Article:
I gave Zeno some guidance, just in case. He accepted it and did fine.

We crossed this second roof and headed toward the next. This time the gap was much larger and the drop went straight down to the street.

Without saying anything, I unhooked the broom from my back and passed it to Zeno.

“Oh, no,” he said, waving it off with a laugh. “That’s very kind of you, but I’m feeling good about it.”

I sighed, held up my hands, and put the broom away. Honestly, sometimes people needed to learn where their limits were firsthand. We could probably still rescue him okay, but I was ready to be annoyed about it.

Lankin led the charge, jumping for the window and then pulling himself up using the ledge to get to the roof. Once there, he threw a coil of rope back to me and Zeno.

“Oh,” I said. I’d thought that we’d have to jump it, but this made it much less bad.

Zeno took the rope and swung across. Surprisingly, he did not have any issue with it. I too grabbed the rope and swung across and climbed up the wall to reach the third roof, and once done, Lankin untied his rope.

We’d made it past the barricades. However, we were still three stories off the ground, and we’d need to get from where we were back under cover of the undestroyed buildings that made up the rest of the city. As expected, there were still a good number of skeletons milling around.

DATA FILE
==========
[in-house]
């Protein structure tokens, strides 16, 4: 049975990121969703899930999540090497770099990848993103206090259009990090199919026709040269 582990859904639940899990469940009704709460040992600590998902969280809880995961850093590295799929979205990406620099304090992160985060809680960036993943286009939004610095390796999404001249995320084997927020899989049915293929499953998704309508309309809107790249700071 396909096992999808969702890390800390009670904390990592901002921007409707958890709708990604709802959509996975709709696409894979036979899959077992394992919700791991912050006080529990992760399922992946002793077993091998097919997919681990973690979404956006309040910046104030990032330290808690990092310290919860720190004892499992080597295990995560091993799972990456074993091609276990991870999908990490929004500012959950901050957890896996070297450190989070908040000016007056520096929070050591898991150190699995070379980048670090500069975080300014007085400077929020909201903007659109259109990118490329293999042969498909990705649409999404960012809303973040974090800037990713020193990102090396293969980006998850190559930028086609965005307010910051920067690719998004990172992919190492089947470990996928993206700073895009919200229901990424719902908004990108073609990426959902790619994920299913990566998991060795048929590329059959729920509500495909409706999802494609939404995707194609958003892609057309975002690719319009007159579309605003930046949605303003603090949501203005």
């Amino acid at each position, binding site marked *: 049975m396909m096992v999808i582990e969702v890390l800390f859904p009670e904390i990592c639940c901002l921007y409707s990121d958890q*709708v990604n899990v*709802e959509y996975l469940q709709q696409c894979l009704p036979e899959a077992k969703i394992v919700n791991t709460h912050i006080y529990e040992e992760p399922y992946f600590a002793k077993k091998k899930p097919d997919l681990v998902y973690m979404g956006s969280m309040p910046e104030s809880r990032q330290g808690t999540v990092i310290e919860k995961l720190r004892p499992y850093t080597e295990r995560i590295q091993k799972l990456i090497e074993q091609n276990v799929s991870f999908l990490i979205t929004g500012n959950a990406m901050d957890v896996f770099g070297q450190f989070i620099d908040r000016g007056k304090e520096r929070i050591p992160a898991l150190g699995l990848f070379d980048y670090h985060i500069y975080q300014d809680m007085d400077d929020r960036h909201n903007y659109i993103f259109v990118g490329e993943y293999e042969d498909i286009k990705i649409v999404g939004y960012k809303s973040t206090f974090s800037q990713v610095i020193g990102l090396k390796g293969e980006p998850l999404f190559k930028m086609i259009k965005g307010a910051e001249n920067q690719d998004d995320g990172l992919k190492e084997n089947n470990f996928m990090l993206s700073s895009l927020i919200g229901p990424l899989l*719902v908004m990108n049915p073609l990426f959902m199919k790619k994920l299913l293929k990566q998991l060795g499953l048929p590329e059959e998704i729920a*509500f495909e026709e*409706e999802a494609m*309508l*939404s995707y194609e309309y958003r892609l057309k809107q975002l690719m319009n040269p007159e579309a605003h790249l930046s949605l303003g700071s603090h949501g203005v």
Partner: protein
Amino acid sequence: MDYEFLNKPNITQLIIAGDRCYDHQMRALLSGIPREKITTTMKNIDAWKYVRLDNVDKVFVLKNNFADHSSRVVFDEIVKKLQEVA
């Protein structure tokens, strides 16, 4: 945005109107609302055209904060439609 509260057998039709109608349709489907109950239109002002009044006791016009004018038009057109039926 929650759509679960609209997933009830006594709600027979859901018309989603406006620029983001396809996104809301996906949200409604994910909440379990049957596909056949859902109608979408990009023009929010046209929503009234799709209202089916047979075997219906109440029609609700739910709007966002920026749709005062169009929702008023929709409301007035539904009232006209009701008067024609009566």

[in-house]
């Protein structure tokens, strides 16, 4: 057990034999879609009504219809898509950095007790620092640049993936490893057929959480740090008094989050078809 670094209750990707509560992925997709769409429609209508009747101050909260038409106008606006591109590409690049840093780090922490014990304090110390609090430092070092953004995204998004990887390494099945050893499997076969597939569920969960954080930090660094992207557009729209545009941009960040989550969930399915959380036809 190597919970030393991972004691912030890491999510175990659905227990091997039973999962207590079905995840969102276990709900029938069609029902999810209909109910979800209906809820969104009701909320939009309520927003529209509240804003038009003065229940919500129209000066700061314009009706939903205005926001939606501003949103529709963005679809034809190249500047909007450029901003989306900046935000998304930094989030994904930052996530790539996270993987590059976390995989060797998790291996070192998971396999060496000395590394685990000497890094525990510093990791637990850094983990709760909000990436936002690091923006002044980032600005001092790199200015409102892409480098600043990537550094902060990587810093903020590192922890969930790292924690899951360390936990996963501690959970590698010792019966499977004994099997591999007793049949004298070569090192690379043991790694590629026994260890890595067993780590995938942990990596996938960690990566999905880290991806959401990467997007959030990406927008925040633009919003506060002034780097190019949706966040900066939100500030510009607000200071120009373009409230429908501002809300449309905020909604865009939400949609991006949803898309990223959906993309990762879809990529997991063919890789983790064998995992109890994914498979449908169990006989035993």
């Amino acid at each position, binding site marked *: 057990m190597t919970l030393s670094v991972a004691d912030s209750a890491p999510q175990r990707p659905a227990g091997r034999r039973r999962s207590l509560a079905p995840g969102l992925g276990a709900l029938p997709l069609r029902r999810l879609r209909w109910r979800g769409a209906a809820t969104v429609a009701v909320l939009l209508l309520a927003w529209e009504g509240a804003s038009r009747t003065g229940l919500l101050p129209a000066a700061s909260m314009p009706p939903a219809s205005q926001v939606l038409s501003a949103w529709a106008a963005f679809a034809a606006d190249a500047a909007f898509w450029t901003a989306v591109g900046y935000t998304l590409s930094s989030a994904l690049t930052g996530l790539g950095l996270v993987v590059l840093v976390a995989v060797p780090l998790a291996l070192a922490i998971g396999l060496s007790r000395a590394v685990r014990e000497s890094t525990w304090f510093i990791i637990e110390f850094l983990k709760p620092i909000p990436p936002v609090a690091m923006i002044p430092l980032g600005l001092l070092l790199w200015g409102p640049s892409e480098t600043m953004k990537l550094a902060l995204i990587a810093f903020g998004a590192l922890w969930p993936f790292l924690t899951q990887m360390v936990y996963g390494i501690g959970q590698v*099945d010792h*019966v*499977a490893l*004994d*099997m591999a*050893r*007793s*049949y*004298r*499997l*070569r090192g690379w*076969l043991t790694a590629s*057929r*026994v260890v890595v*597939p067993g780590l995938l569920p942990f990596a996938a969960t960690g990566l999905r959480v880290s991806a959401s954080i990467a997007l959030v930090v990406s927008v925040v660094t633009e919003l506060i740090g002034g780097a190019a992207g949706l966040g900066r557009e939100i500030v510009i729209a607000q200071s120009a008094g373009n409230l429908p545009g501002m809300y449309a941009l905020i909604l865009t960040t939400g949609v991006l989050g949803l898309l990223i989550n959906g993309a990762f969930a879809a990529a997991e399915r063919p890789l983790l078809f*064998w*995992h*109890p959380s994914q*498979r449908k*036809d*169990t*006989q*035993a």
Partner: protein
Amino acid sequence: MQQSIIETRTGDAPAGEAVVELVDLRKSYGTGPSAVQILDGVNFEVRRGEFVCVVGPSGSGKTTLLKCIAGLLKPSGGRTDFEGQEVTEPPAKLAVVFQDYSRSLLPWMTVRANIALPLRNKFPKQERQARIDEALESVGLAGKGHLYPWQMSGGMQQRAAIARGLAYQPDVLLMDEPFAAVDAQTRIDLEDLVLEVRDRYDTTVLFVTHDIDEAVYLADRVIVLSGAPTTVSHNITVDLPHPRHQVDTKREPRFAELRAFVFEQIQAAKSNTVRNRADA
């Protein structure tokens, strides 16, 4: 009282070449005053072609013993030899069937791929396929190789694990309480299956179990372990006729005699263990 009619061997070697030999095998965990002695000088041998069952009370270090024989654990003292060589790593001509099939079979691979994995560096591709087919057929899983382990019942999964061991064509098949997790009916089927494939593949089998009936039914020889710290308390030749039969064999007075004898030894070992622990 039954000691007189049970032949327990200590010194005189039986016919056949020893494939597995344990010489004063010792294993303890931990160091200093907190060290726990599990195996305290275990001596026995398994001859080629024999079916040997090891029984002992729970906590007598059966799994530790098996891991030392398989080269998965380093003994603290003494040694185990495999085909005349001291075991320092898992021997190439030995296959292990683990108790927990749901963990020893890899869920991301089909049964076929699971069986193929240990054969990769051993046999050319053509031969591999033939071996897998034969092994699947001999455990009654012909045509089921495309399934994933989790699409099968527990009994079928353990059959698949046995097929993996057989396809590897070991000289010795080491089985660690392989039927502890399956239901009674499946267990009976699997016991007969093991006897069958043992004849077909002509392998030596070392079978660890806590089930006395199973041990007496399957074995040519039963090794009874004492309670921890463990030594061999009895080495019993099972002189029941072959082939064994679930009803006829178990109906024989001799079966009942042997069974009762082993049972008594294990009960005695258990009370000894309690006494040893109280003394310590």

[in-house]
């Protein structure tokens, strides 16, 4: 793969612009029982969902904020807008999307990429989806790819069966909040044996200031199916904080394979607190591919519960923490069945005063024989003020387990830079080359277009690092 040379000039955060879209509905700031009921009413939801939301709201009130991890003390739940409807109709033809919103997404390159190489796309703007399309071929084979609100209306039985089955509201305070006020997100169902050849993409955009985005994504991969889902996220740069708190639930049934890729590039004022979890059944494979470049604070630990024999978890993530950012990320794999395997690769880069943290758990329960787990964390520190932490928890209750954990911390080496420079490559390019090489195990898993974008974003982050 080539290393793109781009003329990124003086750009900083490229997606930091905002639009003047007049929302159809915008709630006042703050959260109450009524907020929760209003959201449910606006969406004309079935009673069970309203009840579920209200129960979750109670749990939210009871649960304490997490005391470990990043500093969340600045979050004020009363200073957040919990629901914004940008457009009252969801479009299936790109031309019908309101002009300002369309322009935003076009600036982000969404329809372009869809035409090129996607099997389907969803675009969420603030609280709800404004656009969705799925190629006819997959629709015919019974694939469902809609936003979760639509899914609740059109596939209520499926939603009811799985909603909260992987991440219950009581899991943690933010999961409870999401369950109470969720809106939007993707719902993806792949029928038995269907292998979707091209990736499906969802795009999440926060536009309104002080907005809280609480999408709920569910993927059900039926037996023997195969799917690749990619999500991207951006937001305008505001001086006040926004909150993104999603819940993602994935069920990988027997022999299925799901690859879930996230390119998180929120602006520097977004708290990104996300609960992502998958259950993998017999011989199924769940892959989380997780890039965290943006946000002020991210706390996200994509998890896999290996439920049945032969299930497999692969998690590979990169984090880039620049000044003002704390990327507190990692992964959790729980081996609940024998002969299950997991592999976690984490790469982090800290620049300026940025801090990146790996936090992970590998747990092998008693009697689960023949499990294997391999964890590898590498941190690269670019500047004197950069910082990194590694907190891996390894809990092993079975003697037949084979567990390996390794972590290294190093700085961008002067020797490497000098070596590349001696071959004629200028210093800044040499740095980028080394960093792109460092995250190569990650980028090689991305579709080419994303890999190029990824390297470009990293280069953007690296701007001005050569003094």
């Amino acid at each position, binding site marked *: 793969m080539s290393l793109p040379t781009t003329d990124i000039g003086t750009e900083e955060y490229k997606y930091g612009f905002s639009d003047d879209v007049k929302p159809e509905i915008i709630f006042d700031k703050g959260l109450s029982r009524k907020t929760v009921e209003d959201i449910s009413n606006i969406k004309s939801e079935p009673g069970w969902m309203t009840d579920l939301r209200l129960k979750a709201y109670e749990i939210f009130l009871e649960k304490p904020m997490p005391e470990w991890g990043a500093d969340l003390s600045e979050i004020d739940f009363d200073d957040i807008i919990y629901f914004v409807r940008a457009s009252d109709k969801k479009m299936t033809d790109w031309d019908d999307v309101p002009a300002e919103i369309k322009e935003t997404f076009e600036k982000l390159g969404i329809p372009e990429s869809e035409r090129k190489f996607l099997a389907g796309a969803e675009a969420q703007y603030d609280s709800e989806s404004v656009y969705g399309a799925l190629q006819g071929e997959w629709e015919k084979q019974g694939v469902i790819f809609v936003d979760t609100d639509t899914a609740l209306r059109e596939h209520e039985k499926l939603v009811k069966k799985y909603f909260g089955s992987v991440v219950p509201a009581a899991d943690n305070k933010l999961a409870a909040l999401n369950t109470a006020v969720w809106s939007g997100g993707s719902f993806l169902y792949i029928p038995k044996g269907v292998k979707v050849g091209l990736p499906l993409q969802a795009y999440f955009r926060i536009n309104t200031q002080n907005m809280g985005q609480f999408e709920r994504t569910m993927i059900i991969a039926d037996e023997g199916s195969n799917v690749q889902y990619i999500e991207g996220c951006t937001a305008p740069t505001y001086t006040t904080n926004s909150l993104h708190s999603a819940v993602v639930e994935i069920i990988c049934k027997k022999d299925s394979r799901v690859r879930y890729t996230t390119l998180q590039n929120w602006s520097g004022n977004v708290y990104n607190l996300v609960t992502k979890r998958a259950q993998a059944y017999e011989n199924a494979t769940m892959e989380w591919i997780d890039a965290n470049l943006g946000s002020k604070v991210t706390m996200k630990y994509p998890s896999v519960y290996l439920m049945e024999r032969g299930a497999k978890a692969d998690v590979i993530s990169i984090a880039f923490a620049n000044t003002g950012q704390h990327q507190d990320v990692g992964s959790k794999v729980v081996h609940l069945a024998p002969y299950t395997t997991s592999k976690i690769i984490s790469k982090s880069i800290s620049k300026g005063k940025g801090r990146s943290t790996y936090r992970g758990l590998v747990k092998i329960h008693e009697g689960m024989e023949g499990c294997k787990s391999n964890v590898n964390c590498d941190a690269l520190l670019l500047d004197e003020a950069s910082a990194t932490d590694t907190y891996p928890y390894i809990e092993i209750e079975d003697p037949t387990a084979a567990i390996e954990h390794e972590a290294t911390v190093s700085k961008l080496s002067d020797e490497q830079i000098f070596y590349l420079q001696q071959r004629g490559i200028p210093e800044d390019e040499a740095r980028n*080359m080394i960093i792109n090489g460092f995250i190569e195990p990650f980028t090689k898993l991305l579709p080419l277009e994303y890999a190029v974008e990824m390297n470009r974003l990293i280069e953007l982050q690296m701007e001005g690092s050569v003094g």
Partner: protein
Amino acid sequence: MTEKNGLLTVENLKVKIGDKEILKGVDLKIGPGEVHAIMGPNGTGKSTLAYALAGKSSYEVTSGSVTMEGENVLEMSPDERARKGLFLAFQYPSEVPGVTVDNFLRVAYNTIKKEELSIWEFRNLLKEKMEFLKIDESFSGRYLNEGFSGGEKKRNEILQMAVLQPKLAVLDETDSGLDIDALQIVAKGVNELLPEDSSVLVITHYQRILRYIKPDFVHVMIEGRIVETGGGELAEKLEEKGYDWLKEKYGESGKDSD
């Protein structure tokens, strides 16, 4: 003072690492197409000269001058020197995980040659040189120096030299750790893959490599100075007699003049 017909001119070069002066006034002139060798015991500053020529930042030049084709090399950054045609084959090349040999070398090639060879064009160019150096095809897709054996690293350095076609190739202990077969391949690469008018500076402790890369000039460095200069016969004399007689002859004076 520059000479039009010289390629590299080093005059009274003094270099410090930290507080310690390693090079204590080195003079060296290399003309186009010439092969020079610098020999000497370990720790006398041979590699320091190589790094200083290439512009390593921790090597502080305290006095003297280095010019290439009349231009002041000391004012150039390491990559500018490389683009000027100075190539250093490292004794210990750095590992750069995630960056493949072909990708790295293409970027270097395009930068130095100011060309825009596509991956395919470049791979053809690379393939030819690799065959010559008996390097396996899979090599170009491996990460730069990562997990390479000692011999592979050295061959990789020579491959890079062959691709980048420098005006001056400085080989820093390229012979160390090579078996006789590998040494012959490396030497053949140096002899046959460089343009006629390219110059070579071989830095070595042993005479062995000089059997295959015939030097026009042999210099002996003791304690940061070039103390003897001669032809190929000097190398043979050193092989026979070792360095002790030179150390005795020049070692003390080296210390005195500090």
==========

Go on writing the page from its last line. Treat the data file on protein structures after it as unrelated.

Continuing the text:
“A distraction,” Zeno murmured, “that would help.”

“You’ve got a bottle,” I said.

He nodded and handed it to Lankin. Together, we came up with a plan. Lankin would throw the bottle to create a distraction, then Zeno and I would descend down Lankin’s rope. Lankin would go last, but he’d be invisible, thanks to me, and would meet back up with us under cover.

“What’ll I do to let you know I’m there,” the elf asked, deeply concerned, “since you won’t be able to see me?”

I hadn’t really thought about that part.

“Maybe some nature sounds or whatever,” Zeno said and waved it off. “Come on.”